Cam cover screws torque setting


(Alan4d) #1

About to replace the cam cover gasket on my 3.6 XJ40. I have searched through all my manuals and cannot find the correct torque for those cover screws. Can someone point me at a source.


(Robin O'Connor) #2

From memory they are Cross Head screws? Just tighten down snug. After a few cycles go around again and check if there is any movement.


(Alan4d) #3

Yes, but there’s ‘snug’ and ‘snug’ Robin! I’d like to be sure and find out the recommended torque! And I seem to remember they were star socket (forgotten the name)of the screw head fitting


(Robin O'Connor) #4

From the Haynes Manual, Torx drive is the correct term I’d forgotten they were those.


(Alan4d) #5

Thanks Robin. Ah, valve cover screws! I was looking for cam cover screws! I see it is 10 -12 Nm


(Casso) #6

Alan, make sure you check all the washers under the torx screws for signs of cracking before you tighten them down. They’re shaped to fit the recesses and are made from a very brittle metal and crack easily, this makes them come loose very quick and you end up with the cam cover weeping.


(Alan4d) #7

Thanks. I don’t remember those. I suppose I’d better get a new set before starting the job? According to my fiche it is EBC1294. If I can’t get them, I wonder what then?


(Robin O'Connor) #8

17 pence ea from SNG


(Alan4d) #9

Yes, I’ve since found local sources (Jagdaim in Melbourne). Thanks heaps for the input.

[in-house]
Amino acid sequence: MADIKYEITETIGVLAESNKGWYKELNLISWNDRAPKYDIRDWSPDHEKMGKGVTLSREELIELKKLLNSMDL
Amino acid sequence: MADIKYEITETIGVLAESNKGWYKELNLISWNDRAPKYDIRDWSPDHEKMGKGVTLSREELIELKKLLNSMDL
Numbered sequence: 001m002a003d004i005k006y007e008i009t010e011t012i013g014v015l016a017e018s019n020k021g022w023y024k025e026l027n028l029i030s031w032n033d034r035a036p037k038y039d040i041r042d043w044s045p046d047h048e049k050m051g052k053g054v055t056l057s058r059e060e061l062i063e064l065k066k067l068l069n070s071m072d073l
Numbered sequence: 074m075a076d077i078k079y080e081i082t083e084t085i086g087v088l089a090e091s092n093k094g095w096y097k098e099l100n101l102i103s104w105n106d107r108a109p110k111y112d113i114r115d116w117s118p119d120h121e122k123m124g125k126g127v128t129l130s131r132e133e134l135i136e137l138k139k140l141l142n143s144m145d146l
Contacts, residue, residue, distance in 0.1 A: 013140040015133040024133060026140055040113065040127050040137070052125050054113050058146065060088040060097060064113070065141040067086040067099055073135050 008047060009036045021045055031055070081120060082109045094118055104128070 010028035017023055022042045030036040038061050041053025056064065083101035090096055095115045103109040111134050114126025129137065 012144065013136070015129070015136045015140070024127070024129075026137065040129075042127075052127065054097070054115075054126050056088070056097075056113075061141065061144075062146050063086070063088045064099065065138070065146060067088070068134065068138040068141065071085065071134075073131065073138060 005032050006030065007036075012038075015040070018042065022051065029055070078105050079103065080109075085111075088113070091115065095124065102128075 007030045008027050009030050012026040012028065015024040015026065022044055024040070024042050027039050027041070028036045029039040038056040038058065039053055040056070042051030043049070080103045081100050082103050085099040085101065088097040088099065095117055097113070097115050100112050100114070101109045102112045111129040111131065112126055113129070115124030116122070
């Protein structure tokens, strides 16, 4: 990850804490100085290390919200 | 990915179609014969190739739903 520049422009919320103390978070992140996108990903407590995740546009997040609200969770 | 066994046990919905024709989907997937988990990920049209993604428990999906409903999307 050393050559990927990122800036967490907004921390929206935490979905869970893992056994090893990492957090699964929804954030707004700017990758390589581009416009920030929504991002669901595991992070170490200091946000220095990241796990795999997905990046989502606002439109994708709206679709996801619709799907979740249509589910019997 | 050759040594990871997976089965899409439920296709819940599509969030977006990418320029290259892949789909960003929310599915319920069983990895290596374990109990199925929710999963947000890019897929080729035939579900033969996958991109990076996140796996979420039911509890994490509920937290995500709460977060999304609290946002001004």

(Brett) #10

Just out of curiosity, many of you are talking about torx head screws, and in all my years of owning one of these vehicles, I have never seen one that didn’t have phillips head screws. Is it possible they are actually from later built cars? Here is what mine looks like.


(Alan4d) #11

Mine is definitely Torx. 1987/88 model 3.6. IMHO Torx is a much better head. Only problem is many people start the job on a Sunday and realise they haven’t got the driver, so they bodge with another type. Fortunately I have a set. They are used elsewhere on the car, eg the door hinges.

EDIT: Just found out they are Philips! See later post.


(Brett) #12

I definitely agree they are used elsewhere on the car. Just never seen them used for a valve cover on our cars. That’s very strange that they used torx for some. Now I’m going to be on the lookout for others when I hit the shows or junkyards.


(Alan4d) #13

My deepest apologies everyone. I just checked my valve cover screws and they are indeed Philips! Not Torx


(Foggyoo) #14

That screw is a posidrive


(Mike Stone) #15

Just to toss a little fuel on the fire, here is what mine look like:


Socket (hex) head cap screws (technically bolts) with copper washers. No, these are not OEM! Makes for positive drive using an Allen (hex) wrench, but easy to over-tighten.


(Brett) #16

Foggyoo, I’m not familiar with posidrive. How is that different than phillips?


(Foggyoo) #17

The four lines between the grooves mark it as a posidrive, different angles on the driver.Google it.


(Alan4d) #18

Just about to belatedly start the job. Does anyone use a gasket sealant/goo and if so which one? Aso, as another poster noted, the screw are not philips. They are posidrive.


(Robin O'Connor) #19

One thing that has come up is to use OE gasket rather than a 2nd tier supplier. Too far back in the past to remember if I used any sealant.


(Bryan N) #20

Alan,

As Robin says - using an OE gasket for the cam cover is important (as opposed to the leak-prone after-market one(s) on offer) without sealant is the answer.
Also make sure that the screw holes are clean and dry before you put the screws in otherwise you cannot judge when they are evenly and suitably ‘snugged down’.